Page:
Public health or social impacts? A qualitative analysis of attitudes toward the smoke-free legislation in Scotland

Derek Heim, Alastair Ross, Douglas Eadie, Susan MacAskill, John B. Davies, Gerard Hastings, Sally Haw

Research output: Contribution to journalArticlepeer-review

8 Citations (Scopus)


Introduction of smoke-free legislation presents a unique opportunity to study how population-level interventions can challenge existing smoking norms. Our study examined support and opposition to the Scottish legislation and ascertained the relative importance of social and health factors in shaping attitudes among bar customers.

Repeat (pre-/post-legislation) recorded and transcribed semistructured interviews with customers (n = 67/62) of eight community bars in contrasting settings were conducted, and data were analyzed thematically.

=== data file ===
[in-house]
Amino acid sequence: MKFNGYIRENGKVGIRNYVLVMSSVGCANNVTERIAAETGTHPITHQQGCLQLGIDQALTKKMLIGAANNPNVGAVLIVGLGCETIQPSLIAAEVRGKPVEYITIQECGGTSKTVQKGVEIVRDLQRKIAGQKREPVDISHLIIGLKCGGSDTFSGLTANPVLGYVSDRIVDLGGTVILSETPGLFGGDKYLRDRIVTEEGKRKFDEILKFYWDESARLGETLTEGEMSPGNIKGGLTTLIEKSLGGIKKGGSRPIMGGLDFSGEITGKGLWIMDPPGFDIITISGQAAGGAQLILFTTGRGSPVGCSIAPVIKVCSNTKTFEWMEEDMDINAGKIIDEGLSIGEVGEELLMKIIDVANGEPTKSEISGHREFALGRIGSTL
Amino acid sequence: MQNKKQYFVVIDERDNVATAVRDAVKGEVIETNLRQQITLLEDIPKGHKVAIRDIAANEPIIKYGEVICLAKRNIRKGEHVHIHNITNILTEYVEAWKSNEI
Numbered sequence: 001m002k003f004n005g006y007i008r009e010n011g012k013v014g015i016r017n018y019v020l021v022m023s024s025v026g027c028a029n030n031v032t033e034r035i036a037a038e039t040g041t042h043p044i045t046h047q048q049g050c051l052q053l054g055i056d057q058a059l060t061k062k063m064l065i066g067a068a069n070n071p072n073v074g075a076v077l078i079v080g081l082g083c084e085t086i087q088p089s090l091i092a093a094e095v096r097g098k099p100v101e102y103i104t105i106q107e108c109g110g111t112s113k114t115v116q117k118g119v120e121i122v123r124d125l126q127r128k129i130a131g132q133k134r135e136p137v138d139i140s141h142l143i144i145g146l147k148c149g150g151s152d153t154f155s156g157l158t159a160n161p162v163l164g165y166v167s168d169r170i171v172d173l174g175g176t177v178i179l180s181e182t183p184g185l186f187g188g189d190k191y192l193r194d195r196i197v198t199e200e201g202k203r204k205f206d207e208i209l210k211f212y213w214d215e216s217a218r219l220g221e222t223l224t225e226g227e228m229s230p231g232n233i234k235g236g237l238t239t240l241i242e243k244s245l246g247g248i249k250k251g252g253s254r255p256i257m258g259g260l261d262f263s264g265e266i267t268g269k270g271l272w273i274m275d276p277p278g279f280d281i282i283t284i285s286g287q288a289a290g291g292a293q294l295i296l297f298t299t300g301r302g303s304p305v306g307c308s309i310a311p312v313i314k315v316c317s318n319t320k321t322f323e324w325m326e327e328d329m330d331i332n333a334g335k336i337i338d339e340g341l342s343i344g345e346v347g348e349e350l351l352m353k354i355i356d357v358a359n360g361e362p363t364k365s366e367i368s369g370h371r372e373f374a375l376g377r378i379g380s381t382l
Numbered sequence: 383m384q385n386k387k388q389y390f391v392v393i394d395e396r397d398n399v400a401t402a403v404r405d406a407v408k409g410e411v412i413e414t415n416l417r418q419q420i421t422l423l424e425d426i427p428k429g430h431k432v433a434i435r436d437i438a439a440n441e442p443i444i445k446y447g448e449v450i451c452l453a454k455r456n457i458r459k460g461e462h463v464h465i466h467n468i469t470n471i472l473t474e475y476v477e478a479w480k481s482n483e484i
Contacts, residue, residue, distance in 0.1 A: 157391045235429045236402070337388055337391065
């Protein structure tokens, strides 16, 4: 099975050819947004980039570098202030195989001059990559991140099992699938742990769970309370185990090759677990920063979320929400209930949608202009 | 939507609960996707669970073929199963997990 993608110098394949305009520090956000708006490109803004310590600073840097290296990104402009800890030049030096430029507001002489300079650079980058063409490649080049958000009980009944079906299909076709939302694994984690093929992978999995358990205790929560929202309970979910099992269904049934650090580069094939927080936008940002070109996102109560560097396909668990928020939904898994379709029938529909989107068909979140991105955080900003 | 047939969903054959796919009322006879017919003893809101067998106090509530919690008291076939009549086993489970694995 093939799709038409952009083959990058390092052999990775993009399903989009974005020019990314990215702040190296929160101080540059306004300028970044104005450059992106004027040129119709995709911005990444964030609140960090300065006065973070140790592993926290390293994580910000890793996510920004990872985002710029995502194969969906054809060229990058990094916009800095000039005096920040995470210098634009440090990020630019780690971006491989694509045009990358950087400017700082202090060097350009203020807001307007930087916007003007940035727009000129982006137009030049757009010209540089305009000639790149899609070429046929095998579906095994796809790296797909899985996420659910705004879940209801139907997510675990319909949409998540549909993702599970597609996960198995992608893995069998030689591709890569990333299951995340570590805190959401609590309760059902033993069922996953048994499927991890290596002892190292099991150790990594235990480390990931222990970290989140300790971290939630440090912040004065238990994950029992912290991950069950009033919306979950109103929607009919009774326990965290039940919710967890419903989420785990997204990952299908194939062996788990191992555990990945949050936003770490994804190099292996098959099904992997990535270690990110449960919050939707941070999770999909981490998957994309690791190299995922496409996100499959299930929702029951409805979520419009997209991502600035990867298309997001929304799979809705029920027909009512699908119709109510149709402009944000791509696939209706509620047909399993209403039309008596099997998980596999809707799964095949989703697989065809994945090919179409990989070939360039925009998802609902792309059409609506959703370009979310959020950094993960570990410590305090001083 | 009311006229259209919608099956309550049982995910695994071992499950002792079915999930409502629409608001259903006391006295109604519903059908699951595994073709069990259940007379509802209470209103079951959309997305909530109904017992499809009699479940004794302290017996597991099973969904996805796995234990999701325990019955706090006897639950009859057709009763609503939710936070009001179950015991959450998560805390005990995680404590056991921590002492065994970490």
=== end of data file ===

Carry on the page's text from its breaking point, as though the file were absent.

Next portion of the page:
While the legislation was marketed primarily in terms of gains to public and individual health, supportive and opposing responses to the legislation tended to be framed around libertarian and practical factors. Attitudes tended to be stable across both waves of data collection.

It is concluded that reasons for smoking were not challenged by promotion of the legislation. In addition to a focus on health gains, social marketing of smoke-free legislation and initiatives may therefore benefit from a stronger focus on social and contextual effects of such policies.
Original languageEnglish
Pages (from-to)1424-1430
JournalNicotine and Tobacco Research
Issue number12
Early online date29 Oct 2009
Publication statusPublished - Dec 2009


  • smoking
  • Scotland
  • attitude
  • statutes and laws
  • public health medicine

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